The world’s first grid-scale pole-mounted energy storage unit is being tested on Toronto Hydro’s electricity grid. (CNW Group/Toronto Hydro Corporation)
A pole-mounted energy storage system developed by Ryerson University and piloted by Toronto Hydro is showing positive results after being put into service in August of 2016.
Still in the early stages of the program, the system is mounted to the top of an existing hydro pole and stores energy during off-peak hours and releases power as needed.
According to Toronto Hydro, the project team is currently monitoring how the technology responds to real-time data, and from initial results, the energy storage system has demonstrated an ability to reduce strain on the local transformer. The unit is able to store the equivalent energy of approximately 2,100 smartphone batteries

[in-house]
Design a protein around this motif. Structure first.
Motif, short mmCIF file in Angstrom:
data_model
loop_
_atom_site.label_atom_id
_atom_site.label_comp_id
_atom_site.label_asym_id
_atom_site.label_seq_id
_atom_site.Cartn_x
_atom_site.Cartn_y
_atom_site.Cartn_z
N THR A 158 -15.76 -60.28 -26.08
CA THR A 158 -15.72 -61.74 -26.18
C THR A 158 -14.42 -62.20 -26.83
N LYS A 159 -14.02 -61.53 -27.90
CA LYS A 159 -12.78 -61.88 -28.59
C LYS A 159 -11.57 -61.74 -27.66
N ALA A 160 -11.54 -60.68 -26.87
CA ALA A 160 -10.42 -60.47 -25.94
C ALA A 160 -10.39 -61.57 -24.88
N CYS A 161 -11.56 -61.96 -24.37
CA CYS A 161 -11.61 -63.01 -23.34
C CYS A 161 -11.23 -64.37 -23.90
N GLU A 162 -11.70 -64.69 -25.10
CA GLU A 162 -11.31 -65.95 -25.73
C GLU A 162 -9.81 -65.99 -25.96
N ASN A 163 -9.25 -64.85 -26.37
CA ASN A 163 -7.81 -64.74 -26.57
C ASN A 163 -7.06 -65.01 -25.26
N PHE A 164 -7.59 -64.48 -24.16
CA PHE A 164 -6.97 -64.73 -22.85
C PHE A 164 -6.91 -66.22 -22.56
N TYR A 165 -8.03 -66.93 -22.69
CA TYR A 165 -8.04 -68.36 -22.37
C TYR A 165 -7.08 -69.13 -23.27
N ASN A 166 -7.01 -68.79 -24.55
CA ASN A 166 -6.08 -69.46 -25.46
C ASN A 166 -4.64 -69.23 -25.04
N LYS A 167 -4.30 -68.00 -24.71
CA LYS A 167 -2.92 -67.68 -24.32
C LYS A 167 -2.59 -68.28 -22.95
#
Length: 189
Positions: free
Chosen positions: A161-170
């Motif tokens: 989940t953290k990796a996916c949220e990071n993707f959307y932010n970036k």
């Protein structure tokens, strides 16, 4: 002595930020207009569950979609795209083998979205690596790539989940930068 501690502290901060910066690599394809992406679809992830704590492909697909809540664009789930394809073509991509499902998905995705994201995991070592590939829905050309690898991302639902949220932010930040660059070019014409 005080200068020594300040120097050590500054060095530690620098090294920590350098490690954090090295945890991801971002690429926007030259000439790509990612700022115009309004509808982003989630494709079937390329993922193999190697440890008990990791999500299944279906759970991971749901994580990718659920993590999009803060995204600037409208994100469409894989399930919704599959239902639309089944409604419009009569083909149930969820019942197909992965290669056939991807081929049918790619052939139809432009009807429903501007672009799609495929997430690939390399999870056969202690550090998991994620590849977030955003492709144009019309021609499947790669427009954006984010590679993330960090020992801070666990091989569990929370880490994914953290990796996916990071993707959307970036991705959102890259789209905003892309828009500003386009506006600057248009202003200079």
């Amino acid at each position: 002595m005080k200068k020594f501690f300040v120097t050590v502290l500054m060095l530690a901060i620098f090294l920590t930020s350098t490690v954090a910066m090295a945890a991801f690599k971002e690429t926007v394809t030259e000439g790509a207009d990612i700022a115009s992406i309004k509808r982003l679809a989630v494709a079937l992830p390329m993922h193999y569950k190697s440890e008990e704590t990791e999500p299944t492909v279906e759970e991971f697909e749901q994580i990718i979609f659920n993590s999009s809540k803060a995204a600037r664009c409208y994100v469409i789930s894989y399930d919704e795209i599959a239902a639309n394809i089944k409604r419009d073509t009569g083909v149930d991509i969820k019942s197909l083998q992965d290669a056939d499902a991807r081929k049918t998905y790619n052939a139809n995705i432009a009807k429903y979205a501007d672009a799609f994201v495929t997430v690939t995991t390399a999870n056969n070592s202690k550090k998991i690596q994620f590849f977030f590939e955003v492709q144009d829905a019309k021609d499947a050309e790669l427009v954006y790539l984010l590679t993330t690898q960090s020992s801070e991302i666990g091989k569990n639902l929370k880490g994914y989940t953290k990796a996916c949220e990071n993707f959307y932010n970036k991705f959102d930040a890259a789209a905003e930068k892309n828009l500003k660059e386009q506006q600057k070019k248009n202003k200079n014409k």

“This is another example of a creative and innovative energy storage system being installed on our grid. We’re focused on supporting collaborative projects like this one as it contributes to an integrated electricity system better designed to handle peak demand and improve reliability for our customers,” said Anthony Haines, president and CEO, Toronto Hydro, in the company release.
If the project continues to prove successful, Toronto Hydro states that it could become a standard that’s rolled out with all new installations on the over 175,000 poles across the city.
This project was made possible with support from Ontario’s Smart Grid Fund, and it’s using eCAMION battery technology, a Toronto-based provider of modular, smart energy storage solutions. The energy storage device can also act as a temporary source of backup power during outages.
“Ryerson University’s Centre for Urban Energy is pleased to have developed the world’s first pole-mounted energy storage unit in collaboration with Toronto Hydro and eCAMION. The project showcases how the use of energy storage and smart grid technologies can enhance distribution system performance and reduce asset upgrade costs,” added Bala Venkatesh, academic director, Centre for Urban Energy at Ryerson University.